Study of Instructional Improvement

Processes for Instructional Improvement

Having presented initial portraits of the CSR schools under study, we turn now to several detailed discussions of the data analyses from which these portraits were constructed. The first analysis to be discussed in this paper examines the organizational processes for school improvement found in the four groups of schools under study. A detailed discussion of these findings has been presented in Rowan and Miller (2007). That paper used measures of organizational processes constructed from surveys administered annually over the 4-year course of the study to approximately 5,500 teachers and about 800 school leaders. Specifically, measures of organizational processes for school improvement were developed from teacher and school leader survey responses in four analytic domains: (1) the degree of instructional guidance and standardization in schools; (2) the degree of intensive instructional leadership present in schools; (3) schools’ emphasis on faculty innovation, discretion, and autonomy; and (4) the strength of faculty professional communities in schools.

Overall, a total of 12 separate measures (view here) of these organizational processes were constructed in three steps. First, person-level scale scores were created by applying the Rasch model (a one parameter item response theory model) to the survey responses of teachers and school leaders (see Bond and Fox, 2001 for an accessible discussion of the Rasch model). We used the Rasch modeling software program, Winsteps, and provide an example of a Winsteps control file (here) and output (here) using the "instructional guidance" measure as an example. Second, these scores were modeled as outcome measures in three-level hierarchical linear models (HLM) which nested individuals’ annual scores on a particular scale within individuals, who were then nested within schools. In a third step, school-level scores on the outcome measures were derived from these HLM models (review steps here). Specifically, the variables reported in this section are school-level empirical Bayes residuals from the models and indicate a school’s average score on a measure, aggregated across all teachers (or leaders) and all four years; after controlling for staff characteristics, student characteristics, and school size. In all instances, these empirical Bayes (EB) residuals are standardized scores with mean = 0 and standard deviation = 1. The results reported below are based on comparisons of the overall means of the four quasi-experimental groups on the 12 outcome measures, where group means were “bracketed” by their standard errors. By comparing the ranges defined by the standard errors of the means, we were able to get a sound understanding of both the magnitude and degree of uncertainty of group mean differences in these organizational measures.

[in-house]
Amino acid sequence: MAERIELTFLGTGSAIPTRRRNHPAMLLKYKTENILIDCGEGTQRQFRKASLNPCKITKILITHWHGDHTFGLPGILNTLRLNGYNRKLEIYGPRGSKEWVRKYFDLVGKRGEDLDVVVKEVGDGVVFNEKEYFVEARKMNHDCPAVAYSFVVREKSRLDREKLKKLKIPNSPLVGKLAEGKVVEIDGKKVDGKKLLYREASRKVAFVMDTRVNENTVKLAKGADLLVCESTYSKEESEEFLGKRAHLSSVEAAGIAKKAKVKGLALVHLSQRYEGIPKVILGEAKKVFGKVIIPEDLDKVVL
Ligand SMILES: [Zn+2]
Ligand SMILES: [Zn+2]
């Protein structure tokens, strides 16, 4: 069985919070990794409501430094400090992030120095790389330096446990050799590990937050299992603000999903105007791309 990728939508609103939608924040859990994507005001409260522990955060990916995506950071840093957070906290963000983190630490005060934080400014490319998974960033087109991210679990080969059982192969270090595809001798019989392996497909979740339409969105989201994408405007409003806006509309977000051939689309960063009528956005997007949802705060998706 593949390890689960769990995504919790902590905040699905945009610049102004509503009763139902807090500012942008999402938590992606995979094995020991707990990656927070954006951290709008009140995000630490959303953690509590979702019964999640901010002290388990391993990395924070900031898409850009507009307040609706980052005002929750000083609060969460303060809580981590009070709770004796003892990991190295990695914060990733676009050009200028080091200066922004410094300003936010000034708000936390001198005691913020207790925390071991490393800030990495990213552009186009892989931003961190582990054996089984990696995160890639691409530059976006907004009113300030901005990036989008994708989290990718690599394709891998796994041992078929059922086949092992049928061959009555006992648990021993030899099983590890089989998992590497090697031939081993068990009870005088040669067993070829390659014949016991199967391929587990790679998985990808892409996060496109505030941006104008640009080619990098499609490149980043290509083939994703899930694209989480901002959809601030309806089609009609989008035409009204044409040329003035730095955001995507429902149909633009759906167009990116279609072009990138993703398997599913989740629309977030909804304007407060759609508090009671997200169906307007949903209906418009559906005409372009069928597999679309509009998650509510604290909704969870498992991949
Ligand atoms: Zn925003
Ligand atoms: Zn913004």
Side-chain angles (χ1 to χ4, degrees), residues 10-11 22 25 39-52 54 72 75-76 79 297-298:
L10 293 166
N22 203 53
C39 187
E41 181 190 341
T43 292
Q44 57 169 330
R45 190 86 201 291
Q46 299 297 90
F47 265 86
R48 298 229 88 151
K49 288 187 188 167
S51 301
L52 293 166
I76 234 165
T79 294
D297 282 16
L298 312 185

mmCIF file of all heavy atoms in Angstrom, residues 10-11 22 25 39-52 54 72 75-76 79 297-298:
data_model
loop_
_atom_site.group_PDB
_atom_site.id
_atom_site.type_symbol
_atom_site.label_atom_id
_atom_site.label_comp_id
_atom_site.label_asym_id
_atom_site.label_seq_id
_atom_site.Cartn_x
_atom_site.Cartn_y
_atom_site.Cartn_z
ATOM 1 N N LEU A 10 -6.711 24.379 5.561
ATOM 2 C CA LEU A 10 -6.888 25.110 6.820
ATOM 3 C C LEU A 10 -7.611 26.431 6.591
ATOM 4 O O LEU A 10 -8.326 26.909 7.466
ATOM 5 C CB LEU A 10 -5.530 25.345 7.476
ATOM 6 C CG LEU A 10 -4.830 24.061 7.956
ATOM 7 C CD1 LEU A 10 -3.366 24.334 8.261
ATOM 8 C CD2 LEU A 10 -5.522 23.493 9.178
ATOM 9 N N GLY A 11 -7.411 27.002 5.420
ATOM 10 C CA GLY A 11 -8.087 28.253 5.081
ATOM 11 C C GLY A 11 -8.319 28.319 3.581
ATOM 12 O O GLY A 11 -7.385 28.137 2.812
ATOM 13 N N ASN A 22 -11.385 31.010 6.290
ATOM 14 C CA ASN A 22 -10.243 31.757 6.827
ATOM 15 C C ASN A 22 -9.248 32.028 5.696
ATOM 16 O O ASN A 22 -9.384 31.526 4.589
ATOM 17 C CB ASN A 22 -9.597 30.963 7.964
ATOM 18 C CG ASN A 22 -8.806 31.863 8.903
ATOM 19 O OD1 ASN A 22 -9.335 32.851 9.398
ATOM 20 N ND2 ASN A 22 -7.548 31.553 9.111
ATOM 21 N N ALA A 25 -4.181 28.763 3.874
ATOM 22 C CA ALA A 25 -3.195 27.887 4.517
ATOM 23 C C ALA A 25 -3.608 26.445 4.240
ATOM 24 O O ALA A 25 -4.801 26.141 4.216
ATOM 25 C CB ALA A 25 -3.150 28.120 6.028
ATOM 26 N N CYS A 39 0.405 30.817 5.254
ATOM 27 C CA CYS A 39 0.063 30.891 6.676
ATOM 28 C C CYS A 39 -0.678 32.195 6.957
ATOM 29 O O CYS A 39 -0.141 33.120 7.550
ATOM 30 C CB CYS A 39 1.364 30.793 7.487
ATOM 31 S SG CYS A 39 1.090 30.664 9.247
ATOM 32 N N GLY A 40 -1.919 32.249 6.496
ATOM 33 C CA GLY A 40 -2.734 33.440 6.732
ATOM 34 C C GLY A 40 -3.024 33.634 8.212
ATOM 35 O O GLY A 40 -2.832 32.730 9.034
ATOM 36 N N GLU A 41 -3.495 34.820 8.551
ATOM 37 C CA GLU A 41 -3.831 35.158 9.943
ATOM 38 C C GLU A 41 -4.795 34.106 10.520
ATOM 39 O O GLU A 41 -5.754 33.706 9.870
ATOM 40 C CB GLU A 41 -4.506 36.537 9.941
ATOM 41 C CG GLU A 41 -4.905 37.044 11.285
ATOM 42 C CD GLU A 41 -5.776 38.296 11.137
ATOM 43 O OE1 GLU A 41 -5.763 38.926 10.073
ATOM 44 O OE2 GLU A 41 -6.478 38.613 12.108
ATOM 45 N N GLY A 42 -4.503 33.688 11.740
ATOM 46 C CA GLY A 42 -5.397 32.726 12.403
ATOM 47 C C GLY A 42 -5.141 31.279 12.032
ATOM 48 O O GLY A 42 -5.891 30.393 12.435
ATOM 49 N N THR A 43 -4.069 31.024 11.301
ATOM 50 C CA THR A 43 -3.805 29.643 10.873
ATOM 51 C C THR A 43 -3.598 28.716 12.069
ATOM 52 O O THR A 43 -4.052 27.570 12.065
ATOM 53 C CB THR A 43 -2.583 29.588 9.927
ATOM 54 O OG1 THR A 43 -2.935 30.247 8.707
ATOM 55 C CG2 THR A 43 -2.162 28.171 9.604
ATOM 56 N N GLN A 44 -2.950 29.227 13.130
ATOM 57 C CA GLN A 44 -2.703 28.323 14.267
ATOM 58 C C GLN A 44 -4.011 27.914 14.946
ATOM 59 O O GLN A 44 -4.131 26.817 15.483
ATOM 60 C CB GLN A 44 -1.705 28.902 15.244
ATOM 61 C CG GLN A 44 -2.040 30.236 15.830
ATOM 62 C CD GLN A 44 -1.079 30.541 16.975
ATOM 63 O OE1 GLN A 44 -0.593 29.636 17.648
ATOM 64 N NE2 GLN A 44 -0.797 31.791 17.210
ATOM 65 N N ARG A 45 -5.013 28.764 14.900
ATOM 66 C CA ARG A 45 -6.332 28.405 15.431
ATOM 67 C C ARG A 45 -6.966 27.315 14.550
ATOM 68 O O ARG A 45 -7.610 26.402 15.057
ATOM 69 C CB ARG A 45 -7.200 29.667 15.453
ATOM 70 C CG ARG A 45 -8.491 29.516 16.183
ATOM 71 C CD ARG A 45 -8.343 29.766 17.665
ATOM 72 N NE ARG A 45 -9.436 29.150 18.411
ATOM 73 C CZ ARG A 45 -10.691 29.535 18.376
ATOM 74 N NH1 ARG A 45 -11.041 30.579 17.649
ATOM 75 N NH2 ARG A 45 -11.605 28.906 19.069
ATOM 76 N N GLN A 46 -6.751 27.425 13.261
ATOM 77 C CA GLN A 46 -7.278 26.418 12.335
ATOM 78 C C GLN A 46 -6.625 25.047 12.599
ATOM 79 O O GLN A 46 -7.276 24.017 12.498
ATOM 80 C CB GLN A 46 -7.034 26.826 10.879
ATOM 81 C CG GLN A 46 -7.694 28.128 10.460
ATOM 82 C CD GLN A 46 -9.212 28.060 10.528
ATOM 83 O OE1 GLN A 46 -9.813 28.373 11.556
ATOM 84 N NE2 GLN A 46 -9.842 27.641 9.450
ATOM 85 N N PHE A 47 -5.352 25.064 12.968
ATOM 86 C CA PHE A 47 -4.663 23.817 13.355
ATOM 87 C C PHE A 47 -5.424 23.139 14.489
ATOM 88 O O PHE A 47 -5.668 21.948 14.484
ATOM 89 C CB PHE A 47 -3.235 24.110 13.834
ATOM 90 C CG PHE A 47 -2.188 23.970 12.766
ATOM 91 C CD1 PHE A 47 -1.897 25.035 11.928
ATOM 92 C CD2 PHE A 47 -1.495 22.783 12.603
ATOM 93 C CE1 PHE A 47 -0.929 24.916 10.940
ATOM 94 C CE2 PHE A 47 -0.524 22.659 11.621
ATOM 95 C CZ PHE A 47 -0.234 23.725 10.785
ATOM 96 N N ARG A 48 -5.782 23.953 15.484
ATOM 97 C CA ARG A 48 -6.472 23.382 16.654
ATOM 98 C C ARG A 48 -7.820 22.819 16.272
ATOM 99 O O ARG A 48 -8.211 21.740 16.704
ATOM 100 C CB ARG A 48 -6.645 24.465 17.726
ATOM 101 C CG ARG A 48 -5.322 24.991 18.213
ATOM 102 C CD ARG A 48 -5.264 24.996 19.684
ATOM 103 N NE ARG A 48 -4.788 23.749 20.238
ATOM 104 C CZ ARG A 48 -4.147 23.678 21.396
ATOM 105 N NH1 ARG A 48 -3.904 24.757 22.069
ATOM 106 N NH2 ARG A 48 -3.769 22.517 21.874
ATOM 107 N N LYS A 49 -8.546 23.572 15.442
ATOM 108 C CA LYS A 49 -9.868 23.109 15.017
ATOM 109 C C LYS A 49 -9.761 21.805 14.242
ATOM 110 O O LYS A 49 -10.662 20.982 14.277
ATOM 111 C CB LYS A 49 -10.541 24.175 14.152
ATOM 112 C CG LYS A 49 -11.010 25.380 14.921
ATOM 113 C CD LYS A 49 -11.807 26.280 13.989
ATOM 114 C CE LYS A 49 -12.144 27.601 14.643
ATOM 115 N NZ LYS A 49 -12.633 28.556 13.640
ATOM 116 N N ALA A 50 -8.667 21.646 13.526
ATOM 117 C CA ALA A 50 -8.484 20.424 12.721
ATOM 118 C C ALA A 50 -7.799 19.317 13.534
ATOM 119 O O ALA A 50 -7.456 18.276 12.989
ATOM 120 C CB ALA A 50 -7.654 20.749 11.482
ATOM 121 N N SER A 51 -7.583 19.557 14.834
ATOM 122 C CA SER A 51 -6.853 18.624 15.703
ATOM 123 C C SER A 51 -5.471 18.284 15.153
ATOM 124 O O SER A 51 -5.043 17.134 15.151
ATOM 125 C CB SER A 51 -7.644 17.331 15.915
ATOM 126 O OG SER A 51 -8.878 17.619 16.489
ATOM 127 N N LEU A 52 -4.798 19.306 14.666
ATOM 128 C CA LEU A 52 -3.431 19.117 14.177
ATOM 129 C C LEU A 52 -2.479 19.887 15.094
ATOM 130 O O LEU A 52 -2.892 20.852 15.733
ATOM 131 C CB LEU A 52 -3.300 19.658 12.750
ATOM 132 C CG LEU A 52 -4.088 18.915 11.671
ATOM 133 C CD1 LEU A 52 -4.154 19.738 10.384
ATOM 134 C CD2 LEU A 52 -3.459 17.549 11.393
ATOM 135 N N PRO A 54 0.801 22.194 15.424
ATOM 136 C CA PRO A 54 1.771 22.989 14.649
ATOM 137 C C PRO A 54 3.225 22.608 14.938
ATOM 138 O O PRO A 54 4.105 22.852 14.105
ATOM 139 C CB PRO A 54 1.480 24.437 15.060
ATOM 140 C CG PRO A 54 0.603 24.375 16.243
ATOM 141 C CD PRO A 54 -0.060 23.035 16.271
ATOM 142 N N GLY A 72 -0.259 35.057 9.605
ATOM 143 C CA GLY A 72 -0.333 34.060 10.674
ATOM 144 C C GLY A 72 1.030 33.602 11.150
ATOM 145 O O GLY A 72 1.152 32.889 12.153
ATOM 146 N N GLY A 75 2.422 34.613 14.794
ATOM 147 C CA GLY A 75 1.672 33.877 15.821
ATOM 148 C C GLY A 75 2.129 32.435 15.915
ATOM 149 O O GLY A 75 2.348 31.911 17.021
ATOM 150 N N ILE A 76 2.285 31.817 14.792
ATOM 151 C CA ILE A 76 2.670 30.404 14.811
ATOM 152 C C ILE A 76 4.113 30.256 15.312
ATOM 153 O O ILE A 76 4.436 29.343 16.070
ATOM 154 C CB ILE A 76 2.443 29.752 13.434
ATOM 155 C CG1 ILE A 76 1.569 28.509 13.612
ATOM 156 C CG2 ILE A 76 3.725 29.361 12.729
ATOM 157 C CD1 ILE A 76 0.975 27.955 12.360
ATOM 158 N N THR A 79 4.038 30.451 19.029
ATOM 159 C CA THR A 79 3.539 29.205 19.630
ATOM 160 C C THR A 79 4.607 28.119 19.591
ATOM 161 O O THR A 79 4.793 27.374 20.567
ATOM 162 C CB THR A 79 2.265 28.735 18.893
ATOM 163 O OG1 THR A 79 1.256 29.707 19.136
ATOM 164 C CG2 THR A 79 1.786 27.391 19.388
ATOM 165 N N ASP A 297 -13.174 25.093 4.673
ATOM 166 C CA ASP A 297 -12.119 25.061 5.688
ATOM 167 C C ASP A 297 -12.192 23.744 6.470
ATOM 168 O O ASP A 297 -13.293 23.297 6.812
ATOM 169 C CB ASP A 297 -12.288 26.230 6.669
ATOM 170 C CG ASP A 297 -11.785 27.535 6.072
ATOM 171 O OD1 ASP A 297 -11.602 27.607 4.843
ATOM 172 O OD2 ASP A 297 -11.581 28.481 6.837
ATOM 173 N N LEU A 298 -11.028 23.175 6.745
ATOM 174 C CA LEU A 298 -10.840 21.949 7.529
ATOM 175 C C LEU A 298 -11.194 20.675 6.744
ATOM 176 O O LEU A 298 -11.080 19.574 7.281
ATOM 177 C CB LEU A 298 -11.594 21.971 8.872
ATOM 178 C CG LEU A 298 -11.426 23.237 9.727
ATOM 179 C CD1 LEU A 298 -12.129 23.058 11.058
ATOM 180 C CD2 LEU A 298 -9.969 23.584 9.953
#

As expected, the four quasi-experimental groups differed in important ways with respect to the amount of instructional guidance and standardization that was reported to exist in schools. Here, three separate measures of instructional guidance were examined: (a) school leaders’ reports of the extent to which there was a press for a standardization of practice in the school; (b) teachers’ reports of how closely their improvement efforts were monitored; and (c) teachers’ reports of instructional guidance they received.